“The Ransom of Red Chief” is a story full of fantasy and delusion. From the very beginning, even the setting itself suggests the deluded nature of the world of the story: the town is “as flat as a flannel-cake,” but its name—Summit—ironically evokes mountain summits, of which there are obviously none. Fittingly, most of the characters in Summit live in a fantasy world. Johnny constructs a child’s dreamland of cowboys and Indians, a fantasy that gives him some control over the bumbling criminals who kidnap him. The kidnappers, Sam and Bill, are also in a fantasy world: they believe that their harebrained schemes won't blow up in their faces. Because Sam and Bill are poor and small-time crooks, and Johnny is just a child, fantasy and role playing emerge as key tools of survival for these relatively powerless characters.
Johnny's various role-playing fantasies give him real power over people and circumstances, showing the power of imagination. For example, Johnny's fantasies give him control over Bill. In reality Johnny is Bill’s captor, but Johnny conscripts Bill into a fantasy world in which Johnny is Red Chief and Bill is "Old Hank, the Trapper, Red Chief's captive." Bill’s acquiescence to this fantasy makes him lose power—it leads him to all manner of demeaning and ridiculous actions, such as walking through the woods on all fours while Johnny rides him like a horse, and these difficulties ultimately make him give up on their ransom plan altogether.
Furthermore, Johnny’s imagination transforms his circumstances. While another child might be frightened or at least uncomfortable sleeping in a cave with the strangers who have kidnapped him, Johnny immediately reconfigures his kidnapping as a camping adventure. Sam observes, “The fun of camping out in a cave had made him forget that he was a captive himself,” and Johnny declares, “I never had such fun in all my life.” This fearless refusal to acknowledge reality unnerves the men, giving Johnny the upper-hand. And Sam and Bill are terrified of Johnny's role-playing for good reason: they are often the victims in his fantasies. Though these fantasies might start as games (“I'm to be scalped at daybreak” or “I was to be broiled at the stake at the rising of the sun”), it’s never clear where fantasy ends and reality begins for Johnny—for instance, Bill awakes screaming to find Johnny “industriously and realistically trying to take Bill's scalp.” Their genuine fear of Johnny’s fantasies reflects that fantasy and imagination grant Johnny real power over them.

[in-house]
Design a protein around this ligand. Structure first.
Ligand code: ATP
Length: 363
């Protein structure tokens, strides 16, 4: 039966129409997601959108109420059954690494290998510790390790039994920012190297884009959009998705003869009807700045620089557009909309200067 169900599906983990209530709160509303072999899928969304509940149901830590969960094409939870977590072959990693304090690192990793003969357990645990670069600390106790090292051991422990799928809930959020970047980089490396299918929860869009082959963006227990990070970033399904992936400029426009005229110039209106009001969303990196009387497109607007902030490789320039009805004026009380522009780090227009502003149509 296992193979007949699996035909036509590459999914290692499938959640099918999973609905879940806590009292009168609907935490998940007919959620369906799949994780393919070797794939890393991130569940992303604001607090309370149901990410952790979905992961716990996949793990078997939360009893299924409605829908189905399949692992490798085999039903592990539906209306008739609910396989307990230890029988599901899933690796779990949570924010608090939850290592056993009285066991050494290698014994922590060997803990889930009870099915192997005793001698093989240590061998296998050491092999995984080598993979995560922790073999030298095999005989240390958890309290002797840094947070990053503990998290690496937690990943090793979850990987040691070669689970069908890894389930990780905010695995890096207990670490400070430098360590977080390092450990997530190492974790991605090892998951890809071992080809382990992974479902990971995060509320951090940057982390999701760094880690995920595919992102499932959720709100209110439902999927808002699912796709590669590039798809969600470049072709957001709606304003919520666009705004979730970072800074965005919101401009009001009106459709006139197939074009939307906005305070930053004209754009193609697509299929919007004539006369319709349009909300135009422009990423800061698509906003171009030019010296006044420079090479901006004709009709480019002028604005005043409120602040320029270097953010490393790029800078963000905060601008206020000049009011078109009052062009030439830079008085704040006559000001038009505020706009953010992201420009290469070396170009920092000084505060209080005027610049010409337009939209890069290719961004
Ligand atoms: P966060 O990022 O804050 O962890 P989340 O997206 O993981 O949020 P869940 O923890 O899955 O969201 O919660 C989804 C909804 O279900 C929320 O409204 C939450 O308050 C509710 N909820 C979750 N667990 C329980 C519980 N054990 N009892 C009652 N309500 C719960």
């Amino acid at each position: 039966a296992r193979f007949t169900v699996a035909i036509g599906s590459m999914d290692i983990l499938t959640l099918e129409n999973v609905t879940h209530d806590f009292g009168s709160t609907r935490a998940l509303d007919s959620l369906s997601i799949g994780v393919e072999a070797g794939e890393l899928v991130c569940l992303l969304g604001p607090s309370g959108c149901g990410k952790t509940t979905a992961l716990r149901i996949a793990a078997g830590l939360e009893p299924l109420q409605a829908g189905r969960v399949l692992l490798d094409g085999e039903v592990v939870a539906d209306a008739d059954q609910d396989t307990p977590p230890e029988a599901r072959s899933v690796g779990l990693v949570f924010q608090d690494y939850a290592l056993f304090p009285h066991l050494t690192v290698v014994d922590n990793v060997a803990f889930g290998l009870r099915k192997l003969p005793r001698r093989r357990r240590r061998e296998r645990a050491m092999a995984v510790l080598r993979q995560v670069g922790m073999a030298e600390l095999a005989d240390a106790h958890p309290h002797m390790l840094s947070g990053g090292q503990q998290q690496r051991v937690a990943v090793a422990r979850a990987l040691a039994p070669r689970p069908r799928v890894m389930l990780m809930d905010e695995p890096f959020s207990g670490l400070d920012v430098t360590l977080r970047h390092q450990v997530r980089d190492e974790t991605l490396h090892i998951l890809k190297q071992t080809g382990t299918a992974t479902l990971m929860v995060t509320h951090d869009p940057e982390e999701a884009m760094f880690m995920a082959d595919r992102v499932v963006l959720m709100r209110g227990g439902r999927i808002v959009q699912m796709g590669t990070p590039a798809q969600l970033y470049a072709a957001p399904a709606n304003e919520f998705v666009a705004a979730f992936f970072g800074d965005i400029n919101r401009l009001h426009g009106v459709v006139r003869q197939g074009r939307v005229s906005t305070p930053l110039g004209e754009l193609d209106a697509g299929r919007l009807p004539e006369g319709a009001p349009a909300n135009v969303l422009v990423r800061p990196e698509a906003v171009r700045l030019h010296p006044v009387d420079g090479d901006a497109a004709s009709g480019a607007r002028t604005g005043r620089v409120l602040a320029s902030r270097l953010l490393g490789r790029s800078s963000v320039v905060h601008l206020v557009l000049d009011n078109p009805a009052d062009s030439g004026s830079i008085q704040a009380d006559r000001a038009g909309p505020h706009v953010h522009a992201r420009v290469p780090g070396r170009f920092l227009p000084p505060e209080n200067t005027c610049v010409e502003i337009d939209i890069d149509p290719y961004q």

While Johnny unambiguously gains power through fantasy, Sam and Bill's delusions are a little more complicated. Imagination and fantasy often give them hope for a better future (the kidnapping idea itself occurred to them in “a moment of temporary mental apparition”), but their delusions also bring trouble. Their elaborate fantasy plans for the kidnapping are unrealistic and delusional, illustrated by Sam’s description of how “this kidnapping idea struck us…during a moment of temporary mental apparition.” Detailing an elaborate message drop in a wheat field, near a creek, “at the bottom of the fence-post, opposite the third tree,” Sam believes his scheme would “commend itself to professional kidnappers.” However, even though Sam thinks that the plan is what professional kidnappers would do, the plan is unprofessional and ridiculous. Sam's schemes—since he's the brains of the team—give him a certain sense of superiority, evident when he assesses the townspeople of Summit “as undeleterious and self-satisfied a class of peasantry as ever clustered around a Maypole.” He's certain the “constables and, maybe, some lackadaisical bloodhounds” will be no match for him. His delusions of grandeur lead him to underestimate Ebenezer, however, who easily outfoxes him.